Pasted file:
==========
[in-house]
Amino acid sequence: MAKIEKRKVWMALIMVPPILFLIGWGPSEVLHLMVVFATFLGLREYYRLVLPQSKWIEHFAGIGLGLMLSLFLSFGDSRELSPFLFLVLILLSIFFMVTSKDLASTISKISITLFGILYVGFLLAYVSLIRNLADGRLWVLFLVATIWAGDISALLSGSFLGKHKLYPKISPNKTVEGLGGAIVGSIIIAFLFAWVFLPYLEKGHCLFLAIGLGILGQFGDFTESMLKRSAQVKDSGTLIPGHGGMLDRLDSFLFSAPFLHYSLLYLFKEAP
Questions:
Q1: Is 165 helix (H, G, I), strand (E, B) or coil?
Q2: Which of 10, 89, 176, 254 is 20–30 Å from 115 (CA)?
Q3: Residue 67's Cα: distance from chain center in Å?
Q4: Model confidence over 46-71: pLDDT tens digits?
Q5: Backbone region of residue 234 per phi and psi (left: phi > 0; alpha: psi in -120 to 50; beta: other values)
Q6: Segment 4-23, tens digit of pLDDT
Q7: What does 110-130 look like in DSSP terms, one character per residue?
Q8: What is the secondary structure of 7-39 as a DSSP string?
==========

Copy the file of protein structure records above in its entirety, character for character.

[in-house]
Amino acid sequence: MAKIEKRKVWMALIMVPPILFLIGWGPSEVLHLMVVFATFLGLREYYRLVLPQSKWIEHFAGIGLGLMLSLFLSFGDSRELSPFLFLVLILLSIFFMVTSKDLASTISKISITLFGILYVGFLLAYVSLIRNLADGRLWVLFLVATIWAGDISALLSGSFLGKHKLYPKISPNKTVEGLGGAIVGSIIIAFLFAWVFLPYLEKGHCLFLAIGLGILGQFGDFTESMLKRSAQVKDSGTLIPGHGGMLDRLDSFLFSAPFLHYSLLYLFKEAP
Questions:
Q1: Is 165 helix (H, G, I), strand (E, B) or coil?
Q2: Which of 10, 89, 176, 254 is 20–30 Å from 115 (CA)?
Q3: Residue 67's Cα: distance from chain center in Å?
Q4: Model confidence over 46-71: pLDDT tens digits?
Q5: Backbone region of residue 234 per phi and psi (left: phi > 0; alpha: psi in -120 to 50; beta: other values)
Q6: Segment 4-23, tens digit of pLDDT
Q7: What does 110-130 look like in DSSP terms, one character per residue?
Q8: What is the secondary structure of 7-39 as a DSSP string?